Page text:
How to handle comments

Welcome to part five of our “Introduction to blogging” guide for Liberal Democrat bloggers or would-be bloggers. It’s appearing each Saturday between now and Christmas, with all the posts available via this page. The series will then be revised and collated into an e-book, so please do post up your comments as the series progresses. Today it’s the turn of Paul Walter, who looks at the question of how to handle comments which appear on your blog.

There are a number of approaches on handling comments. It’s a question of finding a method which you are comfortable with.

It’s probably best, at first, to moderate comments (i.e get them sent to your email account first before you approve or reject them). That way, you can get a feel for the sort of comments you will attract.

99 times out of 100, most blogs will get totally OK comments with which most bloggers will be comfortable. So it’s probably best to aim to allow unmoderated comments as soon as you feel comfortable with that. When you do, make sure you have a disclaimer somewhere on your blog saying that “comments are unmoderated and do not represent the opinion of the blog owner”.

Unless you are a legal expert, it is best to play very safe with libel. If you feel any comment is making unsubstantiated and defamatory remarks about an individual then it is best to delete them. It hardly ever happens on most blogs. But if it does, its best to play safe. Don’t worry if you allow unmoderated comments and it takes you, say 24 hours, to get to a comment which might be libellous. As long as you act within a reasonable time period then you’re in the clear. It’s remarks about a named individual that are dangerous.

Comments about a group of people – e.g “The Tories are bar stewards” tend to be OK, because they are rather nebulous in terms of who is implicated. (Would that be the Conservative party or anybody who votes Tory?) If you are under 18 then bear in mind there is such a thing as “vicarious responsibility” which means that your parents might be implicated if you publish something libellous. But, as I say, it hardly ever happens but it is best to be aware of what libel is. There are plenty of websites which explain it in layman’s terms.

You really can decide your own policy on abusive comments or swearing. It’s your blog. Again, it hardly ever happens. But if someone, for example, writes that a very genteel politician is an “organ thieving Nazi whore”, then you are within your rights to delete that comment. Not only is it abusive, but if the individual is named it is probably legally “actionable”. You might like to leave a comment on the same post saying that you have deleted a comment due to its abusive nature.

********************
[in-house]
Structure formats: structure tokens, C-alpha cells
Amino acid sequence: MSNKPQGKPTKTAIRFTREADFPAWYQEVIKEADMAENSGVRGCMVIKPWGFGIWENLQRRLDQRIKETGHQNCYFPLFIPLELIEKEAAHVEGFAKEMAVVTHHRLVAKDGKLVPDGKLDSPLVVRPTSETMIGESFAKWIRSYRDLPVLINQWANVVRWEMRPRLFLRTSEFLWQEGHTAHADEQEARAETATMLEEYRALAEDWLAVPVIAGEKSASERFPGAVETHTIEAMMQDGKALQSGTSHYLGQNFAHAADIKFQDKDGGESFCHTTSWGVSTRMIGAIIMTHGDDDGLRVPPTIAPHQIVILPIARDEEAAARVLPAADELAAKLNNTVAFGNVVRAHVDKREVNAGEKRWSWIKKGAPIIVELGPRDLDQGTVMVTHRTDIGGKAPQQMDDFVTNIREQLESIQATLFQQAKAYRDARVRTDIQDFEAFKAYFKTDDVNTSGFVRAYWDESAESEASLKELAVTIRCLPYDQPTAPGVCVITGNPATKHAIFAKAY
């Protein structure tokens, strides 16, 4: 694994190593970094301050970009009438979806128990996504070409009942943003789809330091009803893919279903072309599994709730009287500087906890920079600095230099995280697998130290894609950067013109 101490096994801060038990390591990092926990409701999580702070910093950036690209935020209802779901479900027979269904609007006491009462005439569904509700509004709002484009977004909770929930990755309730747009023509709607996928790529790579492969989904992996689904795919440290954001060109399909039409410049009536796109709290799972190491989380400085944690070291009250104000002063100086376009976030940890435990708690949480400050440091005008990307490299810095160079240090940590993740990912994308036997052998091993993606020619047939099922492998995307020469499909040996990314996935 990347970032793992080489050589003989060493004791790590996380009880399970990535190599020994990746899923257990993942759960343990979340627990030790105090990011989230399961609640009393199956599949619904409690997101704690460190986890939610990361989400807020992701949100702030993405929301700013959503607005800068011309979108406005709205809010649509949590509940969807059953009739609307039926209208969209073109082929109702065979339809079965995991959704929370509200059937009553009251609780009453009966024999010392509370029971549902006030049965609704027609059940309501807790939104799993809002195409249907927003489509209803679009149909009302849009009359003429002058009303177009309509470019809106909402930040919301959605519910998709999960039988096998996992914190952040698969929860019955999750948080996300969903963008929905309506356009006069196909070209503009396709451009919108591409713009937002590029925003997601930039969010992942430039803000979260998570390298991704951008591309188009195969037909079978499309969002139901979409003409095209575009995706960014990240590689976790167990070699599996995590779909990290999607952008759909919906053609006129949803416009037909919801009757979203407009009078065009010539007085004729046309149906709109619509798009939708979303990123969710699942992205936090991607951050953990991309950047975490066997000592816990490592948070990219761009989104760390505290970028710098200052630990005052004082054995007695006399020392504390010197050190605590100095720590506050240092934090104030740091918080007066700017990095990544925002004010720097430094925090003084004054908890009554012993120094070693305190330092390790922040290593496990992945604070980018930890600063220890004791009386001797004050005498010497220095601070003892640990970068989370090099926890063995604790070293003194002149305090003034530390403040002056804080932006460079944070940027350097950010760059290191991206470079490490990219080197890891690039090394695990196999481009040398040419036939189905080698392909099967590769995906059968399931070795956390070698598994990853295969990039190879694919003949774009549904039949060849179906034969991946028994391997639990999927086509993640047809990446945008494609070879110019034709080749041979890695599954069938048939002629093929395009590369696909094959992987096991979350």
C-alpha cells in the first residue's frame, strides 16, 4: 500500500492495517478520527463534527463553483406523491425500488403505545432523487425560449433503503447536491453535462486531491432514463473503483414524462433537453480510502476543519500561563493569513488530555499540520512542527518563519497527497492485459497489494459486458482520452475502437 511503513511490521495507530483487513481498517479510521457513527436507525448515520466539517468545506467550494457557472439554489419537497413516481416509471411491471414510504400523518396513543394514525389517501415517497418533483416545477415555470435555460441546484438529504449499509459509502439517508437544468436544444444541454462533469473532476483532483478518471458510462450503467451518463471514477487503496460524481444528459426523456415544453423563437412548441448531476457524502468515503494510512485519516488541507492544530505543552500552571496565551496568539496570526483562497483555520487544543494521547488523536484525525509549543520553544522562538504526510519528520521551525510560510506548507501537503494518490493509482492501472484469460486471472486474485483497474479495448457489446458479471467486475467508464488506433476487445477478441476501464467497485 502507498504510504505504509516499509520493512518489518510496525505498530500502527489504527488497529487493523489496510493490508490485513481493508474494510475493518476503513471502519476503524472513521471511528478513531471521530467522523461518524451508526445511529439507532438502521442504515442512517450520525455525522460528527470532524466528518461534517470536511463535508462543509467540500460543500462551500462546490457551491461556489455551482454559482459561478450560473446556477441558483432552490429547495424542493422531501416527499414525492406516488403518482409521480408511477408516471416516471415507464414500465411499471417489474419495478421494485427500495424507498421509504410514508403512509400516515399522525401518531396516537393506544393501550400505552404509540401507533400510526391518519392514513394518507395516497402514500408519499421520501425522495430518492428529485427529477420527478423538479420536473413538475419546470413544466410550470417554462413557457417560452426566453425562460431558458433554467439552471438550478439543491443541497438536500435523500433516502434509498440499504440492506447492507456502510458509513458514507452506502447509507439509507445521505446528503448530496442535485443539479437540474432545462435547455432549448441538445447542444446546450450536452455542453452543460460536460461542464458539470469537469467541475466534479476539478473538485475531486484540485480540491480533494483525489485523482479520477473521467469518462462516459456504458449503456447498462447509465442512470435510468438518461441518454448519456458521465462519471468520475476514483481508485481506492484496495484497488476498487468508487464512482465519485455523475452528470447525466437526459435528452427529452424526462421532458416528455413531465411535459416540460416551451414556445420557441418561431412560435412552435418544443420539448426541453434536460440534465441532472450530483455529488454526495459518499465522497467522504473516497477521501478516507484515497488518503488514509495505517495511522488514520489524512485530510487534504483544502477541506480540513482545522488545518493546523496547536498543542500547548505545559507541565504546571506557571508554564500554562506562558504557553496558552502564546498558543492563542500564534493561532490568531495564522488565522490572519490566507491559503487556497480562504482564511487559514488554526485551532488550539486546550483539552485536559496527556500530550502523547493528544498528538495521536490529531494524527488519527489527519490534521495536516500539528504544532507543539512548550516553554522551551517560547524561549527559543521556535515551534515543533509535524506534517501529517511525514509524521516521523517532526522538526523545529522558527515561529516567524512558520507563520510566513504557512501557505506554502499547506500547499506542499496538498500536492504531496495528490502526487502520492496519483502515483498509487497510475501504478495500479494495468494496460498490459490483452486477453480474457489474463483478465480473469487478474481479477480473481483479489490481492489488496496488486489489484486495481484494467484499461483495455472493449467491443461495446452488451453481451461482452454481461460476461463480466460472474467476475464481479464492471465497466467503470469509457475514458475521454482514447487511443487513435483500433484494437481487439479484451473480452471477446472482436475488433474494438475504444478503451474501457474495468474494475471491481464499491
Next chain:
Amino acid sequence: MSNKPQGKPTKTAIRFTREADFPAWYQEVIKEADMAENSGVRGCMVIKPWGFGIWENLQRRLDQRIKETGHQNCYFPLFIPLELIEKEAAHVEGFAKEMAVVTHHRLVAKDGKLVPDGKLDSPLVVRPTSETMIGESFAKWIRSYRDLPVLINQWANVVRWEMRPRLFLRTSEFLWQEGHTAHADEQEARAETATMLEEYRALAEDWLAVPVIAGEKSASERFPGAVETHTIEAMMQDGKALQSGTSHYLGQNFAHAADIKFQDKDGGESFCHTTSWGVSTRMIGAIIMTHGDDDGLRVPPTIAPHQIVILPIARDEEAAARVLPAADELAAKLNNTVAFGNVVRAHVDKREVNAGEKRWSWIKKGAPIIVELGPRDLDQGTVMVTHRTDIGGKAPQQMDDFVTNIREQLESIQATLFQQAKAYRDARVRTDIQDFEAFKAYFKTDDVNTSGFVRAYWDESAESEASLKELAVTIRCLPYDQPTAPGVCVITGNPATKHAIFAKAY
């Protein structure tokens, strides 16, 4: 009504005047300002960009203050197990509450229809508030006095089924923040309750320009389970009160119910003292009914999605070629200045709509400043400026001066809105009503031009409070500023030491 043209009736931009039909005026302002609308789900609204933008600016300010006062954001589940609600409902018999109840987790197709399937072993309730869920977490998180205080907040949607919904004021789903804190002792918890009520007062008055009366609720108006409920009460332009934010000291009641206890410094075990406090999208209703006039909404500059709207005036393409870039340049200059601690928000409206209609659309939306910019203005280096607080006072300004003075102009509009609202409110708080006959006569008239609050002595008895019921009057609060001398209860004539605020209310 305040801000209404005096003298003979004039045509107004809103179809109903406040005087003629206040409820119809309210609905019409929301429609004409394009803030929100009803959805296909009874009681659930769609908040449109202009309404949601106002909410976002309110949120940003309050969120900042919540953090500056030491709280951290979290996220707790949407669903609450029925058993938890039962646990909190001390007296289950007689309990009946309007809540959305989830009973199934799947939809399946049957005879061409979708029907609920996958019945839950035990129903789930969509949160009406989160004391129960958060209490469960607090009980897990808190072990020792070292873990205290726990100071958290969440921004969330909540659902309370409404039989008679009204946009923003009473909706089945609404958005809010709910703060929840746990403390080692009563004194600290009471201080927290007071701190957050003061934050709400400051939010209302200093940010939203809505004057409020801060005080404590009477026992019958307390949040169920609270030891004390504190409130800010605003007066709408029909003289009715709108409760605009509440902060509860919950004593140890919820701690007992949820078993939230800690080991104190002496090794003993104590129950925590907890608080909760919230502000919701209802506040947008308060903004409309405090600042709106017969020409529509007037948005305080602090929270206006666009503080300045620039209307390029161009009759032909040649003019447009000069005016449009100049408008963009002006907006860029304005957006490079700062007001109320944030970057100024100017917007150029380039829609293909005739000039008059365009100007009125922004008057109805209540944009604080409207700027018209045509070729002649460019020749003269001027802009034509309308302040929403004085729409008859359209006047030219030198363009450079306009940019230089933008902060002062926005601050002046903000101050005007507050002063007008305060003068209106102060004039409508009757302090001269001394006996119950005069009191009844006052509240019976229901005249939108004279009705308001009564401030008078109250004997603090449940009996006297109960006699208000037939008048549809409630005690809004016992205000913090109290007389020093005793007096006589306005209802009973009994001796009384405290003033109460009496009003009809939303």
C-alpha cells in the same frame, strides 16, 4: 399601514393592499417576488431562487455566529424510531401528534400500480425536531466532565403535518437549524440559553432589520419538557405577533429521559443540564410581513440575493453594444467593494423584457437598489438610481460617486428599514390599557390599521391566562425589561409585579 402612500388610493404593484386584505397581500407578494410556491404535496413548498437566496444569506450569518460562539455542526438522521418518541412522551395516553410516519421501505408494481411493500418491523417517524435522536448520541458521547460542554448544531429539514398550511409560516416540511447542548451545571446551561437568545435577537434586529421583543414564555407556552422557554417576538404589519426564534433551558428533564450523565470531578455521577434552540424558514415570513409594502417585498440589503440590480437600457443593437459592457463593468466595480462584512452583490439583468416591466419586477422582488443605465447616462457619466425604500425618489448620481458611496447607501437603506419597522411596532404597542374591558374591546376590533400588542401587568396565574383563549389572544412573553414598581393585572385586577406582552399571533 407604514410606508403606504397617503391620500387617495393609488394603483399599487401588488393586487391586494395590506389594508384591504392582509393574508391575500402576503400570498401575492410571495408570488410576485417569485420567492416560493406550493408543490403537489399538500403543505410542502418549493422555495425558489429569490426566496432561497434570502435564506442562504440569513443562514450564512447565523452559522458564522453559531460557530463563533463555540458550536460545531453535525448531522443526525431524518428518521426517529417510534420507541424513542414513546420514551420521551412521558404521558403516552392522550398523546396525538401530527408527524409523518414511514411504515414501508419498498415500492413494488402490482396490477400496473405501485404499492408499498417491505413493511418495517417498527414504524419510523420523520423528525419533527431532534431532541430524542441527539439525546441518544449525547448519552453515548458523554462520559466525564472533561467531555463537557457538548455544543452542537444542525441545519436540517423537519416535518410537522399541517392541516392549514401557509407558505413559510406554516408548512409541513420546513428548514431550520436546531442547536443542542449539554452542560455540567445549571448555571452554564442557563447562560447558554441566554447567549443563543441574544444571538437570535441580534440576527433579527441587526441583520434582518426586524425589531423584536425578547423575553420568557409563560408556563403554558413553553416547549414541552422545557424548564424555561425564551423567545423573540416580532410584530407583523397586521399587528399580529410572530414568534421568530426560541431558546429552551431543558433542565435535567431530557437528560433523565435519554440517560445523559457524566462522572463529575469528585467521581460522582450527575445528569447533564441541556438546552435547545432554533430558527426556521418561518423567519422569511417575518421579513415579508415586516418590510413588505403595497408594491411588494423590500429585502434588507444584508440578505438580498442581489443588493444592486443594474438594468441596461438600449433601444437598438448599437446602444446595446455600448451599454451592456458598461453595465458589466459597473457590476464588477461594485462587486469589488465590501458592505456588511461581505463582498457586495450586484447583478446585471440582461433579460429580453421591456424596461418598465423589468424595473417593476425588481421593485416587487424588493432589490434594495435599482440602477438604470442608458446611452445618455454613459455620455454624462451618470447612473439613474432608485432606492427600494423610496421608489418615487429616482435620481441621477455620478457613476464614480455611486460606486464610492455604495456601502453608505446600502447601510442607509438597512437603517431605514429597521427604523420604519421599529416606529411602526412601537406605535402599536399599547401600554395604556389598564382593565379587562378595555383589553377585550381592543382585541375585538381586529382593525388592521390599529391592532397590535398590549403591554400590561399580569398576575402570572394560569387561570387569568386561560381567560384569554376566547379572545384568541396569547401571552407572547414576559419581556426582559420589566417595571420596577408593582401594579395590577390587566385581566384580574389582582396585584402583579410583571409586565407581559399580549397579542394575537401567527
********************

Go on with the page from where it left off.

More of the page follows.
In general, don’t worry about comments. Most of the time, they won’t bite you. It’s only blogs like Iain Dale or LibDem Voice who get heavy duty abuse or libellous comments.

Enjoy your comments. If you are getting people who take the trouble to make comments on your posts, then remember it’s a cause for congratulations! – your blog is working! It’s a very good idea to engage with your commenters and occasionally thank them for very good comments. Often commenters are the first people to point out errors, so their feedback is very valuable. If someone takes the trouble to comment on your blog, you should value them. It’s a tremendous compliment to you that they can be bothered to comment.

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This entry was posted in Blogging guide.


  • Tom Papworth 10th Nov '09 - 11:59am

    “99 times out of 100, most blogs will get totally OK comments with which most bloggers will be comfortable.”

    I don’t think this is very acurate. In my experience (reciving, leading and reading comments) about a third of comments will disagree with the writer, and about a third of those will be quite aggressive about it.

    The internet brings out the worst in people: like driving, we interact impersonally, and the normal rules of polite behaviour do not apply. Bloggers need to be aware that people who disagree will often hide behind a psuedonym and attack you and your views as though you were advocating the compulsory disembowelment of babies, when all you’ve suggested is that the local high street could use a new bookshop. If one has a regular audiance, it is easy to attract serial abusers – a kind of cyber-bully. Some hide behind anonymity; others are quite brazen about it.

    Put simply, blogging requires a thick skin.

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